Despite the image of the loggers cutting down large swathes of Latvia’s forests, leaving a desert landscape in their wake, European Union studies show that forests in Latvia are quite well protected. Furthermore, Latvia has one of the strictest forestry laws in Europe. It also complies with Green FSC, PEFC and ISO certifications. The Forest Stewardship Council (FSC) certification ensures a credible link between sustainable use, responsible production and consumption of forest products, and enables consumers and businesses to make decisions that benefit people and the environment. The Program for the Endorsement of Forest Certification (PEFC) is a certification system for small forest owners including family- and community-owned forests. PEFC promotes Sustainable Forest Management through independent third-party certification.
International Organization for Standardization sets standards in environmental management as well. These standards cover a wide range of topics, from basic management, labeling of items, performance evaluation and auditing.
“Foresters should get the certificates; there are many restrictions and it is hard to keep a permit, which allows for logging. Also, before cutting a tree it is needed to take an inventory of the forests,” maintained Hedlund.
The Forestry Law provides penalties for improper conduct in forests. For cutting trees without a permit, people could receive criminal penalties. “There have been such cases in Latvia; a person got five years in prison for illegally cutting 500 cubic meters of forest. If somebody cuts a tree illegally in a state forest, he would have to pay three times the price of the timber,” warned Kotovics.
The loggers should use selective logging much more often and keep old stands off limits; in addition, the greens are trying to compromise by calling for leaving at least 10 cubic meters of deadwood on the ground per one hectar in logging areas after final logging. “It would be much better to leave 20 or 30, or even 50 cubic meters, per one hectar, which is common for natural forests,“ said Janis Priednieks.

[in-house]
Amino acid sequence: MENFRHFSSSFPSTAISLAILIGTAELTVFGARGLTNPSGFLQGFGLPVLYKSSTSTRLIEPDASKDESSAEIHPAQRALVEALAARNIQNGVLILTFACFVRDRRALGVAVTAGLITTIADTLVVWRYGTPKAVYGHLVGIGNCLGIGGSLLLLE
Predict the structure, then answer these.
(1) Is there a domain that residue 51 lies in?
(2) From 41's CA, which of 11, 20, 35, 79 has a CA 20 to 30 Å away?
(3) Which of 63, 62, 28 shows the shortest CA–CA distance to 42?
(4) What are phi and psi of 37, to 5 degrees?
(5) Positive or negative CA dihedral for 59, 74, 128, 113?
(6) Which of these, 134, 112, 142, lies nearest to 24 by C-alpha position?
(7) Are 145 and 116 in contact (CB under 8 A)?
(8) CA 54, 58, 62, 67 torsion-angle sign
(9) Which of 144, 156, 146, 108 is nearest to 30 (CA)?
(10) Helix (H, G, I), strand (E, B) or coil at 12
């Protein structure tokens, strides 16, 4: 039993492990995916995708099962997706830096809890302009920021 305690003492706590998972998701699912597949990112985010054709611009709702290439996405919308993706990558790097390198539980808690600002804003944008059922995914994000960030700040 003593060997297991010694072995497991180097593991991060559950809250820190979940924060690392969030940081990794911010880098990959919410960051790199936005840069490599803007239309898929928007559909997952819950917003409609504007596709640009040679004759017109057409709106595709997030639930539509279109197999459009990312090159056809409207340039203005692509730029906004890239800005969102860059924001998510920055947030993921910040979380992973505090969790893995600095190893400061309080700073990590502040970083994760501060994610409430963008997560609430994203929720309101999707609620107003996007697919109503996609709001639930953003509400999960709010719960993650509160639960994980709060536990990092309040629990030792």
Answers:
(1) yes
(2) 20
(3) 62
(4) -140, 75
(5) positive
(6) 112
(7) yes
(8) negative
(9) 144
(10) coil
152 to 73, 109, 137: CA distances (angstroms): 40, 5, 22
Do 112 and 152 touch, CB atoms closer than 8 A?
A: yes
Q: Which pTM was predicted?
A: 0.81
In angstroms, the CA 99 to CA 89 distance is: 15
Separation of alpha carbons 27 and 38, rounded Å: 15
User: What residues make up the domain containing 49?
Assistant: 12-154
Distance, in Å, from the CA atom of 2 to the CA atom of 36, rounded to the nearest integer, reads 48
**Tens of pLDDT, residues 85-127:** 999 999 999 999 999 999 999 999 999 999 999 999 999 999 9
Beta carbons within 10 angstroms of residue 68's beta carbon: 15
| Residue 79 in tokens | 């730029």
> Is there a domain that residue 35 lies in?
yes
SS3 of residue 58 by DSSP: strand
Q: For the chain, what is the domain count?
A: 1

The World Wide Fund for Nature says that average forests in Europe have less than 5 percent of the deadwood expected in natural conditions. The removal of decaying timber from the forest floor is one of the main threats to the survival of nearly a third of forest dwelling species and is directly connected to the long red list of endangered species. Increasing the amount of deadwood in managed forests and allowing natural dynamics in forest protected areas would be a major contribution in sustaining Europe’s biodiversity.
In international and European political processes, deadwood is increasingly being accepted as a key indicator of naturalness in forest ecosystems. Governments which have recognized the need to preserve the range of forest values and are committed to these processes can help reverse the current decline in forest biodiversity.
Summing up the battle being waged by nature lovers on the one hand, and industry on the other, Priednieks states that “The fight for a better Forestry Law is a very high priority, because forests are our future.”
Hedlund believes that the Forestry Law now, after being expanded, is very effective.
With discussions in parliament to change the Forestry Law - the Ministry of Agriculture wants to decrease the age of cutting for aspens, for example, from 40 to 30 years - some still aren’t yet satisfied.
The International Year of Forests 2011 is a good start in pointing to where the problems in forest management are, and in getting all interested parties in coming together to work to protect the resouce for all to benefit from it. Latvia seems to be doing its part in implementing sustainable forestry management; it has one of the strictest Forest Laws on the books and is discussing new Forest Acts in order to be even more responsible. After all, everyone stands to benefit with better forests around us, because without these ‘green lungs’ of the earth, we’ll all find breathing a bit more difficult.